Forum for Science, Industry and Business

Sponsored by:     3M 
Search our Site:

 

Uric acid may help reduce effects of spinal cord injury

15.02.2005


Increasing levels of uric acid, a metabolic breakdown product found in blood and urine, may help cut some of the potentially devastating "secondary" cellular damage that occurs following a spinal cord injury, say researchers at Jefferson Medical College. The finding may lead to new treatments for such injuries.

After a spinal cord injury, the body’s inflammatory response may actually make things worse, releasing a variety of potentially harmful chemicals that can make the injury more severe. J. Craig Hooper, Ph.D., associate professor of microbiology and immunology at Jefferson Medical College of Thomas Jefferson University in Philadelphia and at Jefferson’s Kimmel Cancer Center and his colleagues there and at the University of Messina in Italy looked at whether uric acid treatment could actually prevent some of this secondary damage following such an injury in mice. Uric acid was known to reduce inflammation damage related to a compound call peroxynitrite.
They found that mice that received uric acid just before and right after an experimental spinal cord injury recovered motor function both faster and to a greater extent than mice that received only saline. Subsequent tests found that the uric acid actually prevented inflammation and some damage. Tests in cell culture showed that uric acid protected spinal cord neurons from peroxynitrite-related damage. The scientists report their findings Feb. 14, 2005 in the Proceedings of the National Academy of Sciences.


According to Dr. Hooper, secondary spinal cord damage – the so-called destructive cascade – begins within a few hours after the initial injury. "The effect is driven by nonspecific cells such as neutrophils," he explains, a type of white blood cell and a key player in the body’s inflammatory response to injury. "We know neutrophils make peroxynitrite, which is a major trigger in opening the blood-brain barrier."

Dr. Hooper says peroxynitrite is known to contribute to cell damage in neurodegenerative disorders, and is known to be produced as a result of the body’s inflammatory response.

"In the paper, we showed that uric acid modulates peroxynitrite’s effects," Dr. Hooper says. "It’s incredibly useful in preventing the damage related to peroxynitrite as a toxic molecule. More importantly, it stops the secondary injury cascade by preventing the neutrophils from getting into spinal cord tissues through the blood-brain barrier."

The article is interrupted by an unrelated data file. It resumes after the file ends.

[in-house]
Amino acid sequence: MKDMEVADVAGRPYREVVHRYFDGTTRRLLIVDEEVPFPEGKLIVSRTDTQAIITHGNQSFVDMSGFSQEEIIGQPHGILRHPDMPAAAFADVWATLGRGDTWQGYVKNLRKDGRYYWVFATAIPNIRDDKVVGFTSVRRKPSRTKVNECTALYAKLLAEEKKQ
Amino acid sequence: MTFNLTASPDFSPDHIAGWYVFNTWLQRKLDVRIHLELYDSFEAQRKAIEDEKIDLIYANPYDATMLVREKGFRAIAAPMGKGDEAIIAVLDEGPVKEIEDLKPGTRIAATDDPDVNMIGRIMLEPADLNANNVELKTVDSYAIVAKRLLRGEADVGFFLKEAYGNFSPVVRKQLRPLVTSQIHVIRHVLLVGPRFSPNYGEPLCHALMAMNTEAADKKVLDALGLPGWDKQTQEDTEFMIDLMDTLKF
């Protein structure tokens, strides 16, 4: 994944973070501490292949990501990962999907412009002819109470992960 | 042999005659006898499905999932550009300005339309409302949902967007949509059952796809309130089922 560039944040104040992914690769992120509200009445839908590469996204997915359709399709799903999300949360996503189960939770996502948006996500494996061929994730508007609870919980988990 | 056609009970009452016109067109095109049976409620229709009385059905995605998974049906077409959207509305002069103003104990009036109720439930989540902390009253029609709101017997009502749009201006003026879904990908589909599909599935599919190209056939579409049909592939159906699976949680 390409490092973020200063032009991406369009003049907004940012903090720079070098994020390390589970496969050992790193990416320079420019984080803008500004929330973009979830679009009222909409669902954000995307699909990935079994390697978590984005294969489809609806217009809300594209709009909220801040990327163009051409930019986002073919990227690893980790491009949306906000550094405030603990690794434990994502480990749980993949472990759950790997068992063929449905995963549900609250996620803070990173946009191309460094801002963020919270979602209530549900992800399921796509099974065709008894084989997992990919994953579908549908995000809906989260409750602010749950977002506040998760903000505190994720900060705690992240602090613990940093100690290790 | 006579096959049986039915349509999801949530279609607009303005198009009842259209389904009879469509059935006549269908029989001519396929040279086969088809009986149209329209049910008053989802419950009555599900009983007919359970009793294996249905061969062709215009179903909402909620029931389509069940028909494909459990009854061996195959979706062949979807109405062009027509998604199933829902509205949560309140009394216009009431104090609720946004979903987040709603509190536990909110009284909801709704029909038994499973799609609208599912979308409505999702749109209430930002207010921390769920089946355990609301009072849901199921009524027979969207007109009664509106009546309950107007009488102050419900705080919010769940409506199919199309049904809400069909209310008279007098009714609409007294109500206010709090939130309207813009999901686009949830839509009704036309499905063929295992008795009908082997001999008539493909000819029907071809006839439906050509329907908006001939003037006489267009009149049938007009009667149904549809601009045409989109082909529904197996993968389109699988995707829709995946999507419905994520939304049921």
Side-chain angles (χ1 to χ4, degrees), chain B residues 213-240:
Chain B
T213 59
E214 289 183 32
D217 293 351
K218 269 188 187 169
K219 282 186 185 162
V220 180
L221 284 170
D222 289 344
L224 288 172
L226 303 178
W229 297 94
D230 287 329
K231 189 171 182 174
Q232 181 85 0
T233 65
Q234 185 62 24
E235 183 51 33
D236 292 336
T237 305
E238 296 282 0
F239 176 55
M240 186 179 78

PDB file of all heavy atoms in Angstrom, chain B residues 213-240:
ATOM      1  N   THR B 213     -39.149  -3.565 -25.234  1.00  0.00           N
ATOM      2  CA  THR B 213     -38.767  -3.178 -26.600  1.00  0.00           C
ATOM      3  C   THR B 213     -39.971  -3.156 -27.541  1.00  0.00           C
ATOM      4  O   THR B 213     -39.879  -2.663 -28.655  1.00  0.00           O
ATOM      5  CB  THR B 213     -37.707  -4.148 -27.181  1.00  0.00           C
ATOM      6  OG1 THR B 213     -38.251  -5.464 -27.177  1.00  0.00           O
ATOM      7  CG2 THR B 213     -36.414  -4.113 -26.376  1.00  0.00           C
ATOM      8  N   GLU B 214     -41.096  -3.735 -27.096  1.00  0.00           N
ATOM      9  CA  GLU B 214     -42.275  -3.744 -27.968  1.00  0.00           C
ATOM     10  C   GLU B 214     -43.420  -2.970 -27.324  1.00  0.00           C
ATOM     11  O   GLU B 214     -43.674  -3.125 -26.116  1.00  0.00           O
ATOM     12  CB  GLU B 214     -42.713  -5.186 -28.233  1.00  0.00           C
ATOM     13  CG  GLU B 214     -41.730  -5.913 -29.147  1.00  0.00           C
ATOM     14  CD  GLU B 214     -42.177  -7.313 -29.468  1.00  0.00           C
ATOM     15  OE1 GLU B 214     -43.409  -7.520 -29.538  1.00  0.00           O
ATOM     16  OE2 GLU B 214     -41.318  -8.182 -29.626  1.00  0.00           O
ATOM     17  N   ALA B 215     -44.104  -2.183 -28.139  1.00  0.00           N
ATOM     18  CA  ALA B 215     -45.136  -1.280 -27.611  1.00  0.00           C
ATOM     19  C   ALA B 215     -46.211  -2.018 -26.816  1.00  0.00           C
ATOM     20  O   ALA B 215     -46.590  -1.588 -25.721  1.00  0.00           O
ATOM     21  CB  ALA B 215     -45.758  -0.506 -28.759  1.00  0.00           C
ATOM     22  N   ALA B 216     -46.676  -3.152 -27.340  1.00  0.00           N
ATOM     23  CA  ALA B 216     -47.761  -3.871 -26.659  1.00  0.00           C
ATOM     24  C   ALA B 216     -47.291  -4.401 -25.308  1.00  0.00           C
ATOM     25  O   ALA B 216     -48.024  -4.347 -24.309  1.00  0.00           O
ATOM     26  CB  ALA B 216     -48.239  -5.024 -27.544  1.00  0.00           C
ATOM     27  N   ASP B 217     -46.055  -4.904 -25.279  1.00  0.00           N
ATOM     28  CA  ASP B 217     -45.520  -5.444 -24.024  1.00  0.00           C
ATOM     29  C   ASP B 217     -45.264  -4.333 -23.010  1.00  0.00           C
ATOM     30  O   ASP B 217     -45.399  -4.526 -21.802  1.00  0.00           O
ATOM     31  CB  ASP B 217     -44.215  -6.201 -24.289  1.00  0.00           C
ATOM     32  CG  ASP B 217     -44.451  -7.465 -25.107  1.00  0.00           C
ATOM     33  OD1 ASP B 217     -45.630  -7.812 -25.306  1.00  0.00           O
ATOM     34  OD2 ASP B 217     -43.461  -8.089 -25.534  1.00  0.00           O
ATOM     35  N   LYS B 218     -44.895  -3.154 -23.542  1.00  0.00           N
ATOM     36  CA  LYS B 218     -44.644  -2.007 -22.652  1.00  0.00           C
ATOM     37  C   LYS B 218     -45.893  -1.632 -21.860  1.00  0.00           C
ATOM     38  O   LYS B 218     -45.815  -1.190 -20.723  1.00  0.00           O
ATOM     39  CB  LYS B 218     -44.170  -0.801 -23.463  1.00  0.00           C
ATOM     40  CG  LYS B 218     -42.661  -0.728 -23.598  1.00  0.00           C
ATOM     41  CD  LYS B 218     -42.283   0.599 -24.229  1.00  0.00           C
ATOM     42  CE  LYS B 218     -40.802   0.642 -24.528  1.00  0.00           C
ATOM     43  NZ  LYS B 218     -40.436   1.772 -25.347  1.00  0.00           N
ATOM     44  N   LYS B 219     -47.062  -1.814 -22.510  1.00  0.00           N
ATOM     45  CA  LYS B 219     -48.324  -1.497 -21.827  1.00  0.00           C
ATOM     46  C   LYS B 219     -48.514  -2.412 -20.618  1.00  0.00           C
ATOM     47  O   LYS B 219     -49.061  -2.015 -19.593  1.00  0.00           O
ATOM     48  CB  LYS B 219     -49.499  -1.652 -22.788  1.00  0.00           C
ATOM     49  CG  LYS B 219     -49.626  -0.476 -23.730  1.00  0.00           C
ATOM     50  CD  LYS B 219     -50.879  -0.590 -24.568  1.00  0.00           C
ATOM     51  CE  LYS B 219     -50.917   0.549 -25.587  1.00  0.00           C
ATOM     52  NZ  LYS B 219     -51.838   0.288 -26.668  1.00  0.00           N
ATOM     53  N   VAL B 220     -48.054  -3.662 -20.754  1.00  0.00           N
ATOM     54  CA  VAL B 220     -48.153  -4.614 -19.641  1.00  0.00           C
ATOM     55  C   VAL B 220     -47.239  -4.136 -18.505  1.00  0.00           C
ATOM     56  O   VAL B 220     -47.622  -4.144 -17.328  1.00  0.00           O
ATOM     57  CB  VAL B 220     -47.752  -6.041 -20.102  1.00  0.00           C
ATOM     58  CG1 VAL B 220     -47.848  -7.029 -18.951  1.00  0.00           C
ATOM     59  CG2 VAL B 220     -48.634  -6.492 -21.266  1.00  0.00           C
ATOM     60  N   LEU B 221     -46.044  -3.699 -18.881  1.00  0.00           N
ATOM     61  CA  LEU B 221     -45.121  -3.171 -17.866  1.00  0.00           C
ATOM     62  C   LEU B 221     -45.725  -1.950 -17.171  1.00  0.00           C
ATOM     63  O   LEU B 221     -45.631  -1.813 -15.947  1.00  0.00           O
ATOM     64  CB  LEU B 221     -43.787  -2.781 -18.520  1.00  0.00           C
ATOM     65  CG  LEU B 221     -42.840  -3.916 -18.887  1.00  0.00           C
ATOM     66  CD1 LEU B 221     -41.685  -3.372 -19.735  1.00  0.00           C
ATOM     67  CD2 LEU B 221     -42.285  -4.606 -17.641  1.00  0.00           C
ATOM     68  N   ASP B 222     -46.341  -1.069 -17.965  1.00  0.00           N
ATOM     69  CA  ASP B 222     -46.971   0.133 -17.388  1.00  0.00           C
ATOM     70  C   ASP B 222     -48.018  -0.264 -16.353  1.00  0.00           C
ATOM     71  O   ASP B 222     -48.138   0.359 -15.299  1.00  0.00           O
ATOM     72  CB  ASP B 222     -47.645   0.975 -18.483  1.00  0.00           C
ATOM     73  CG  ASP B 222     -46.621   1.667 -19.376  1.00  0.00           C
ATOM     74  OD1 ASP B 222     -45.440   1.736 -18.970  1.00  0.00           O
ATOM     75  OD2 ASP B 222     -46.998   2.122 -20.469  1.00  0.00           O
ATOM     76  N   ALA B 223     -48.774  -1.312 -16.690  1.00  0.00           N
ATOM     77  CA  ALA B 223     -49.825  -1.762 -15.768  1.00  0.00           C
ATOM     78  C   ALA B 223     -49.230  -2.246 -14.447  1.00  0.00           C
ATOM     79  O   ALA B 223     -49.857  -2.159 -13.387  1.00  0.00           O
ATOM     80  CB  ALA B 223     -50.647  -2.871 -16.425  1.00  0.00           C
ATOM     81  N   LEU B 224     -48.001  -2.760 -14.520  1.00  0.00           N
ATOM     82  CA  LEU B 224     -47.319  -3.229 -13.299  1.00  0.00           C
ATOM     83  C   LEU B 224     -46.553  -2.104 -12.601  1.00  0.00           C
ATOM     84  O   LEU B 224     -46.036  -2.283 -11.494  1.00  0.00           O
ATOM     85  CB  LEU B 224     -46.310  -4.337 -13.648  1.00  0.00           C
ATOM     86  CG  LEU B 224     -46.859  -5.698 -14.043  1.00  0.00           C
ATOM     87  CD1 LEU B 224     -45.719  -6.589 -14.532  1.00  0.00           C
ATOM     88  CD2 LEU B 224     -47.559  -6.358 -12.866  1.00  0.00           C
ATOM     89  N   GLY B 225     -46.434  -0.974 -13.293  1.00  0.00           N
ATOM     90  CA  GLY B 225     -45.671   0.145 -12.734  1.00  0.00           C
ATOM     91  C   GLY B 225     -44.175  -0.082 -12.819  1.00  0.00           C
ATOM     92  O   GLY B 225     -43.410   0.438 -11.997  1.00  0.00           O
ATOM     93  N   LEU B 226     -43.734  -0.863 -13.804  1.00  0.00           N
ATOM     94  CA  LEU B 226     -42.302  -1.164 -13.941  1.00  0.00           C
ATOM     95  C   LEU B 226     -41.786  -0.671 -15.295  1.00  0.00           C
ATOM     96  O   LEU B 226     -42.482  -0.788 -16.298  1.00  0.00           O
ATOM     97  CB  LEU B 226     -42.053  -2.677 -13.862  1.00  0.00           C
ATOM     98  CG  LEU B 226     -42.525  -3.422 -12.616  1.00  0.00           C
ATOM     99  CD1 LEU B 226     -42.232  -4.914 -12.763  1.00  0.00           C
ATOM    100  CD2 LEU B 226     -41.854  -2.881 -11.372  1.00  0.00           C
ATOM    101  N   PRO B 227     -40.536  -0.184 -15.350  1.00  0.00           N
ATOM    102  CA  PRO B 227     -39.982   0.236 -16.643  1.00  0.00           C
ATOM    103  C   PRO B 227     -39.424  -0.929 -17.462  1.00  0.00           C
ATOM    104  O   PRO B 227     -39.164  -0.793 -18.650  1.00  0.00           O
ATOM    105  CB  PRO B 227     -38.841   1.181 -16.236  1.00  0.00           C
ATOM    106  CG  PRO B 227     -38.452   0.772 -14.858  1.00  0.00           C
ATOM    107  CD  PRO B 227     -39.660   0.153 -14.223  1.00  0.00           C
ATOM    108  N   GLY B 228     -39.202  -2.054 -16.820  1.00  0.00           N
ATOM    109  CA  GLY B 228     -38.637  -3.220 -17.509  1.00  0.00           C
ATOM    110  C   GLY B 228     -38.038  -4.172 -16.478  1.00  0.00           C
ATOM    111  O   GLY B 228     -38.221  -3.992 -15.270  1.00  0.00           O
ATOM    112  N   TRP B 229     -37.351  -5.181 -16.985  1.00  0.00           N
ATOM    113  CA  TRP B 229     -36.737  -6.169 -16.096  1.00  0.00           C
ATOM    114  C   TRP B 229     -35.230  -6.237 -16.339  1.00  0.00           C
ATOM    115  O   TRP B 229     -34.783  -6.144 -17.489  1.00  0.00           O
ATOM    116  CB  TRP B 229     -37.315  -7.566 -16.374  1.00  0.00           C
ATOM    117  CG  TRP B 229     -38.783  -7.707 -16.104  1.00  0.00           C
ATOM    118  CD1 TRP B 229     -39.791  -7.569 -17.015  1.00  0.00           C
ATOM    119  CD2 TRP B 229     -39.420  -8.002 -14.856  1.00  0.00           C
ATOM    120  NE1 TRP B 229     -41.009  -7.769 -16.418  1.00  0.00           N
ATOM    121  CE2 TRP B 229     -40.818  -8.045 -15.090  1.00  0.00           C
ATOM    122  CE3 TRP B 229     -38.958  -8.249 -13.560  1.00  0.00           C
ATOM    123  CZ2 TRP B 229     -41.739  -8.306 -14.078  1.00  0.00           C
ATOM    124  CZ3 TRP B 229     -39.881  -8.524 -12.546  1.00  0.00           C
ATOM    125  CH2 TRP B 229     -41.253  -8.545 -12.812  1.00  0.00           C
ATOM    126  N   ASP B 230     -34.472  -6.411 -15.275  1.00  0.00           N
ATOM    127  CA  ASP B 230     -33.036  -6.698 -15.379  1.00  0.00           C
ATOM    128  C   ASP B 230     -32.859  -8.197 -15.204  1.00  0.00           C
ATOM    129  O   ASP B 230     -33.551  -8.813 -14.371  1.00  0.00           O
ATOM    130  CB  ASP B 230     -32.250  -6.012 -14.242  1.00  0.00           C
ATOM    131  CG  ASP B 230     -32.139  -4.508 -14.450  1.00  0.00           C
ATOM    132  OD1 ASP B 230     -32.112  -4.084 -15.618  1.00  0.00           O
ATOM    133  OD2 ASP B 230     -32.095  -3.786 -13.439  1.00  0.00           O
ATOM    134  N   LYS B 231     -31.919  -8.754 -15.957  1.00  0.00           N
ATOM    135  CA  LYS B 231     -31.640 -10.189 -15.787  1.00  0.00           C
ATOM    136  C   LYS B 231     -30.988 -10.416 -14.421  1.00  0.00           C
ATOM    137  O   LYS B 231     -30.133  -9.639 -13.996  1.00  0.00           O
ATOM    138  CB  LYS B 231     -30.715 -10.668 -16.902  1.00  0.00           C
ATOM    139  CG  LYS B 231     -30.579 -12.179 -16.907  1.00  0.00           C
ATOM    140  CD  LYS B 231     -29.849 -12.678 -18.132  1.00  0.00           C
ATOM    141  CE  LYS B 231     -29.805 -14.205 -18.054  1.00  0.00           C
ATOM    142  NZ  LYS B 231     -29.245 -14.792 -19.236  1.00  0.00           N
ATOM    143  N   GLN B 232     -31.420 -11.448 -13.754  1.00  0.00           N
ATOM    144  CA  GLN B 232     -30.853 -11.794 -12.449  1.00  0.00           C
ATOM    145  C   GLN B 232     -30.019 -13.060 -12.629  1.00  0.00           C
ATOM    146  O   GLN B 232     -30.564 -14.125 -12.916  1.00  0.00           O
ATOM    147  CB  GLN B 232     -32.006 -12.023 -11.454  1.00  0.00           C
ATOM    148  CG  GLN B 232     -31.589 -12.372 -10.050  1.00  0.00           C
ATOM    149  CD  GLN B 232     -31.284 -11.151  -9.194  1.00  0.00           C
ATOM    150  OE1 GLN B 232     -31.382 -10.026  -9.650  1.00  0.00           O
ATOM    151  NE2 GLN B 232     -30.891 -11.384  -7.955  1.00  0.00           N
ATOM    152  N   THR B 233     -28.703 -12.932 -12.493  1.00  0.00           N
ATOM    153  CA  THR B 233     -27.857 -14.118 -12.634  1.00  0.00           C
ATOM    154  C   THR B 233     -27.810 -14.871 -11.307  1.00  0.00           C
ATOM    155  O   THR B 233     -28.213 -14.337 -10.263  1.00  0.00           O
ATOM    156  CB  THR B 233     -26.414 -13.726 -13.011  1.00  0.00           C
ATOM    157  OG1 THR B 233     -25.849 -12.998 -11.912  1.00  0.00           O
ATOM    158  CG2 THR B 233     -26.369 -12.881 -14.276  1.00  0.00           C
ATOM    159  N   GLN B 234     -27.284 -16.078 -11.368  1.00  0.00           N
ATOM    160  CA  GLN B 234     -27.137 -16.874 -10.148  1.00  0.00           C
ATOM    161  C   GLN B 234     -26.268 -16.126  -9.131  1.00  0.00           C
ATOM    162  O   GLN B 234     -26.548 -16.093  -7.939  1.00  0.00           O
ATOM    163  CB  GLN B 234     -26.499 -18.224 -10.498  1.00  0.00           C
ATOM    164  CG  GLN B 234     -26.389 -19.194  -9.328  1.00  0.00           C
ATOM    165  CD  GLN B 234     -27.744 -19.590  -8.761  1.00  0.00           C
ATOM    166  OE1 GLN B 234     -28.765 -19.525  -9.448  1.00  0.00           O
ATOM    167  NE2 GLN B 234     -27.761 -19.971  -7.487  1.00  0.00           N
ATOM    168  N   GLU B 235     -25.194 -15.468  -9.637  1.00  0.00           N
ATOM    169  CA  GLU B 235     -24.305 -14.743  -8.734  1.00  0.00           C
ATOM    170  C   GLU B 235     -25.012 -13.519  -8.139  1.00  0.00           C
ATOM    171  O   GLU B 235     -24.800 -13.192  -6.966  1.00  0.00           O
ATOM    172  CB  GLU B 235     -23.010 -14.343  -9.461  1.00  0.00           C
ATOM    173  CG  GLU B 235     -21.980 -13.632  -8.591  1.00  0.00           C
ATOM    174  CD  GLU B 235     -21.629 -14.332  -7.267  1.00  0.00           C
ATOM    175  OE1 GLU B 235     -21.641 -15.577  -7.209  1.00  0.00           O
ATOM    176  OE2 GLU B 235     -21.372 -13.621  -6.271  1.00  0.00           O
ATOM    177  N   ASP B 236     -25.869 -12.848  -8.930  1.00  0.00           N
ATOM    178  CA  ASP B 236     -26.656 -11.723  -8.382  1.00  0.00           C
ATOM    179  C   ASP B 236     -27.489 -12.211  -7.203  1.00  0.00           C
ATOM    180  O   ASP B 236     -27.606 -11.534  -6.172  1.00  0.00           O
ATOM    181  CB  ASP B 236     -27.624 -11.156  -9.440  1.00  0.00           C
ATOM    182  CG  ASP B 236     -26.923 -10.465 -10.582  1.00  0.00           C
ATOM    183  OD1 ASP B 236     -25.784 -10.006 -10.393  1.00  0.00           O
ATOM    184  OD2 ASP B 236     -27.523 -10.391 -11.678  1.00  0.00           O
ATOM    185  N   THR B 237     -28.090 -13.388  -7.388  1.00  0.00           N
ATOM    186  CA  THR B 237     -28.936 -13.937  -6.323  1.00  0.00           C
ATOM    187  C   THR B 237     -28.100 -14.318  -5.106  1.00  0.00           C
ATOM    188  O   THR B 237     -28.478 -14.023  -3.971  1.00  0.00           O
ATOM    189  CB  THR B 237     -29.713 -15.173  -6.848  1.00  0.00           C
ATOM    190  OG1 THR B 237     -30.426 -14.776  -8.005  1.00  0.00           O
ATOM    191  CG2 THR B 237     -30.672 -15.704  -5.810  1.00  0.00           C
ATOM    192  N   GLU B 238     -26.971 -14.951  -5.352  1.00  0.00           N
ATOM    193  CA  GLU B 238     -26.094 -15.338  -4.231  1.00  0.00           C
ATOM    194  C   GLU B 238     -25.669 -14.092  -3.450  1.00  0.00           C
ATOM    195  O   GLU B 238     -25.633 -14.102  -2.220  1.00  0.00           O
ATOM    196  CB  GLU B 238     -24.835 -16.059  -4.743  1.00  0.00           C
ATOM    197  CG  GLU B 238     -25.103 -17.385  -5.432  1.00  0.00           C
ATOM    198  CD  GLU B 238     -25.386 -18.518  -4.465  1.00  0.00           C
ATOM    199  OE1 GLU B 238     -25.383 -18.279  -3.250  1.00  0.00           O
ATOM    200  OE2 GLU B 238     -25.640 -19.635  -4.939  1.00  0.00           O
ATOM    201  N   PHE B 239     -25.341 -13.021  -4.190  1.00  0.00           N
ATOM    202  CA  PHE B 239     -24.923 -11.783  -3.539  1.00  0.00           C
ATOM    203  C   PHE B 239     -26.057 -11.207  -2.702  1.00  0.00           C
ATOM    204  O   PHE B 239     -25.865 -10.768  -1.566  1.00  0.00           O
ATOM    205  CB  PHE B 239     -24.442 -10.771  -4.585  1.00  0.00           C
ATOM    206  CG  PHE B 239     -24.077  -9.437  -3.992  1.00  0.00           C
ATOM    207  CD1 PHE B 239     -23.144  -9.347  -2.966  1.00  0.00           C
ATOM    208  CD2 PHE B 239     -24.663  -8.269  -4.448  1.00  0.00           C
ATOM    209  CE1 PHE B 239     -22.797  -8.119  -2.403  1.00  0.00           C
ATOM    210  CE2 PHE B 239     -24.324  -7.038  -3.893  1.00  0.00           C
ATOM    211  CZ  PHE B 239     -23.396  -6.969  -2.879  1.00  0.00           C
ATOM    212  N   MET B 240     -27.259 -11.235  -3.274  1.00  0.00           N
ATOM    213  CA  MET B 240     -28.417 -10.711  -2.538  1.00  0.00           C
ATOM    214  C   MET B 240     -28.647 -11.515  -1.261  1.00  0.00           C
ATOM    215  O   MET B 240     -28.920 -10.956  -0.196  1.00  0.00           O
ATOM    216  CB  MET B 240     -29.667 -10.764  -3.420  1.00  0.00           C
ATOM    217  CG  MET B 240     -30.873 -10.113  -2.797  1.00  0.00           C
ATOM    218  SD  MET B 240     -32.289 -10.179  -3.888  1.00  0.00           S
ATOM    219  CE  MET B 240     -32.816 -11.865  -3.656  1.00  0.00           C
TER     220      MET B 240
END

Dr. Hooper and his co-workers compared injured rats that received saline to spinal cord-injured rats that were given uric acid. "The injury causes a tremendous amount of damage in the mice – less than 50 percent range of motion in one or two hind limb joints remain immediately following the injury," he says. Those given saline had regained movement of up to two or three joints. The uric acid-treated rats recovered to where they could support their own weight, despite having some disabilities due to the damage.

Next, the scientists want to better understand how the peroxynitrite-mediated processes actually work, which is particularly important to learning how to control immune responses in the central nervous systems of both in mice and humans. "We’re looking at various models to distinguish between peroxynitrite pathology and its effects on blood-brain barrier function," he says.

"We want to establish the precise timing where the inactivation of peroxynitrite will have therapeutic benefit," he says. "In the spinal cord, we know many of the changes occur within 24 hours. It’s certainly feasible to give someone uric acid immediately and raise levels in 50 minutes. Whether or not this should be a first-line response is unknown.

"There is a range we could work with in raising levels before there’s a problem, such as in gout," he says, referring to an ailment characterized by excessive uric acid. "We know that the human uric acid baseline is higher than that in mice, but we also know that the damage we see in the human spinal cord after injury is very similar to that seen in the mice.